Any business that requires some level of security has a plethora of choices in today’s environment of physical assets, personnel, and technology-driven solutions.
Once a thorough Risk or Threat and Vulnerability Assessment has been conducted that recommends active camera and alarm monitoring or on-site security personnel, there are further considerations. These can include, but are not limited to, are there employees on-site that may be at risk for robbery or assault while arriving at, working at, or leaving the premises? Are valuable assets and materials secured appropriately and difficult to reach by unauthorized individuals? Has your business evaluated and implemented policies and procedures recommended by Crime Prevention through Environmental Design (CPTED)?
These and other factors contribute towards the basis of a security program that needs to be designed to “Deter, Detect, Deny, Delay, and if need be, Defend.” Security cameras and live alarm monitoring provide valuable, real-time intelligence to business owners regarding the status of their property and assets. There is, however, an anecdotal saying in the security industry that “a camera will watch you get robbed while a security professional will attempt to prevent it from happening.”
One of the challenges with security cameras and system monitoring is identifying security threats in time. Dead alarm contacts, blind spots in the camera layout, or other factors may not detect a bad actor entirely. If an adequate system and a monitoring company receive an alarm, they will then view the live camera feeds and verify the alarm condition. By this point, particularly in the dead of night, the criminal element might have already been on-site and gained access to the facility for several minutes.
The final obstacle for camera-monitoring-only solutions becomes dispatching local law enforcement to interdict. In many cases, law enforcement officers (LEO’s) respond to calls by priority, where an imminent threat to life and limb takes precedence. Medium to low priority calls, such as a middle of the night burglary where there is no threat to employees on-site, can delay response by officers by 15, 30 minutes, or more. An unfortunate reality is that sometimes, when LEO’s make it to the site, the property damage and theft have already occurred, and the criminal element has fled the scene.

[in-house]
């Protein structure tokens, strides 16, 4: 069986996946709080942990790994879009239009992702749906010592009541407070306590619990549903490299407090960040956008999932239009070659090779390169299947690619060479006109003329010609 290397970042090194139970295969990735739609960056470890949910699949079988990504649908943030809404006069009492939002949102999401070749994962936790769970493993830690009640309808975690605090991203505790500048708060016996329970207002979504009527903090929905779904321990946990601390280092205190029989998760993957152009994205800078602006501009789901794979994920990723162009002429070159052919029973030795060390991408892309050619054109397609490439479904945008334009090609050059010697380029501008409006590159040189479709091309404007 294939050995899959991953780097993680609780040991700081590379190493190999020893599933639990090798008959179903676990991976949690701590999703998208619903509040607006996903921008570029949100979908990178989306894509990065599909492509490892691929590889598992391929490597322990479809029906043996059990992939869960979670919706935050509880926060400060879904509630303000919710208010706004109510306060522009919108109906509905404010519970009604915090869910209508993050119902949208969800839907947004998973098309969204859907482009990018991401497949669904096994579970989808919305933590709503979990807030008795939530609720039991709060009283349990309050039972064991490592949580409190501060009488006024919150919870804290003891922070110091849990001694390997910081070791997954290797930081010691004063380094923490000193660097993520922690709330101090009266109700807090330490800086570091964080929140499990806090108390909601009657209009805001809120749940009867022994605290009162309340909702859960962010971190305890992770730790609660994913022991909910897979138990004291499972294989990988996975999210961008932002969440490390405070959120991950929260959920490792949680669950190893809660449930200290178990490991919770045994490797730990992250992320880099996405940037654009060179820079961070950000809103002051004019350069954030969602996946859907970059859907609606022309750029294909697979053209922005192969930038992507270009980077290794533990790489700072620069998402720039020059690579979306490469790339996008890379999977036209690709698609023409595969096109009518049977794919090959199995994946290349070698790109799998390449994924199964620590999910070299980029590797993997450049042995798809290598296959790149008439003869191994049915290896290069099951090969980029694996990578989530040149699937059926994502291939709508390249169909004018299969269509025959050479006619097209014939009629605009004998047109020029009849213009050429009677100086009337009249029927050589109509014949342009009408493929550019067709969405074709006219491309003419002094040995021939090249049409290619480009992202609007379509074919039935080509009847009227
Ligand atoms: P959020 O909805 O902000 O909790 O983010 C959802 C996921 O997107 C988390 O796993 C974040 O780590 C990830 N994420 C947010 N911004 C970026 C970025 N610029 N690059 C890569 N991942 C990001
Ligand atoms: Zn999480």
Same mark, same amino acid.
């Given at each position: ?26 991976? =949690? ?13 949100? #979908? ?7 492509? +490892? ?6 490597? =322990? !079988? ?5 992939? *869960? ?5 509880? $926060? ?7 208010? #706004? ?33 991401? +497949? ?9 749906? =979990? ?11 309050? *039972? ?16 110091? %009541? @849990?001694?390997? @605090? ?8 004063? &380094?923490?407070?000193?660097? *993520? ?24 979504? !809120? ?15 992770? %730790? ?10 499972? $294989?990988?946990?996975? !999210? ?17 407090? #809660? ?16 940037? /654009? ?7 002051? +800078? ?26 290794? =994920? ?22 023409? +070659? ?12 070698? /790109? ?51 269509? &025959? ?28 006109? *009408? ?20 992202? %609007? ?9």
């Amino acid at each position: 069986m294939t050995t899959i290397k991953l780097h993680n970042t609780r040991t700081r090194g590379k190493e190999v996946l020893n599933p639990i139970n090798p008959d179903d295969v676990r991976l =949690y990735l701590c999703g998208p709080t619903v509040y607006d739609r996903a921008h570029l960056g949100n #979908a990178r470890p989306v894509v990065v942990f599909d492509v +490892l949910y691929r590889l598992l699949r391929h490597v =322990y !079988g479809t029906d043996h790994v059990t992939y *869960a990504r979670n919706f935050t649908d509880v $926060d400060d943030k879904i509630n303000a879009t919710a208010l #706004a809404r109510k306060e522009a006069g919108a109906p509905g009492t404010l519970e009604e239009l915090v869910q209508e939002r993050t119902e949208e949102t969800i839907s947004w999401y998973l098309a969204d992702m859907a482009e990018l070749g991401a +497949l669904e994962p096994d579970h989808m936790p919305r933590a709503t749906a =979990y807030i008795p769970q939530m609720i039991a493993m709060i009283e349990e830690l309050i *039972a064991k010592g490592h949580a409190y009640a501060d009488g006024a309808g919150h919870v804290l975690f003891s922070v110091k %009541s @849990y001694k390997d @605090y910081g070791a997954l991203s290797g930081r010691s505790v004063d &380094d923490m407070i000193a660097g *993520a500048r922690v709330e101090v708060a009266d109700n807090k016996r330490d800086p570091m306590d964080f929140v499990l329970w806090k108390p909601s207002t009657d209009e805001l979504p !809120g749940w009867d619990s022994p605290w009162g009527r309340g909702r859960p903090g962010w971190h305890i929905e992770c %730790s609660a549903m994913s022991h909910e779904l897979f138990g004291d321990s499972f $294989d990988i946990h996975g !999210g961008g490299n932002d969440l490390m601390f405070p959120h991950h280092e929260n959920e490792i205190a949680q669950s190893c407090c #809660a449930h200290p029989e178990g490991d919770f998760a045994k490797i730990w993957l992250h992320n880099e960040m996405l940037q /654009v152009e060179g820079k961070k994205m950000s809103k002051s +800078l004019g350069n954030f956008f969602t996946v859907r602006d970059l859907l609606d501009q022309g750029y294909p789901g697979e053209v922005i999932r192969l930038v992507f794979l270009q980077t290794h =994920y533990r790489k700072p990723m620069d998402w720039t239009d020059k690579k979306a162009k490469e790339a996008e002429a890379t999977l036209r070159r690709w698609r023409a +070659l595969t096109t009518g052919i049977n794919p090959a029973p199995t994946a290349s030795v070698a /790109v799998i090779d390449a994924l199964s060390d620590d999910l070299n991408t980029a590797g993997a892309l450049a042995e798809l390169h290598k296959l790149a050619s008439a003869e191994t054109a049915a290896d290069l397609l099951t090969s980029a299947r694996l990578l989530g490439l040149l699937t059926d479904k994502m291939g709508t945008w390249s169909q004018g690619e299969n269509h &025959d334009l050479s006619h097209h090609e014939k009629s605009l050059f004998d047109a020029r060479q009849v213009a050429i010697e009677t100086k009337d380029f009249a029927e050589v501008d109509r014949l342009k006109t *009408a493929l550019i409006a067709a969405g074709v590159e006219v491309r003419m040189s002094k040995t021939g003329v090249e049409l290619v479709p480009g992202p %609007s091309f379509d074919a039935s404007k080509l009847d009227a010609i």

An armed security officer on-site can complement existing security systems and provide a real-time response option when an active threat is detected. Where a delayed police presence may or may not be able to stop criminal elements from making it off-site with valuable assets and property, an armed security resource can be directed to the source of the break-in by a dispatch center that is actively viewing the camera feeds.
Beyond this, if there are employees on-site when an attempting break-in or robbery occurs, the armed security guard often has the ability to guide employees to shelter in place while they confront the threat. Protecting property is an integral part of the security role, but defending life is paramount. Criminals will often choose a soft target and the path of least resistance. An armed, vigilant security operator can provide a visual deterrent, causing a nefarious individual to select a different business to target.
Evaluating the right security solutions for your business should be an ever-evolving process as your business grows and changes. Consult with trusted advisors, ask experts for recommendations, and it will significantly lessen the chance of being the target of criminal enterprise.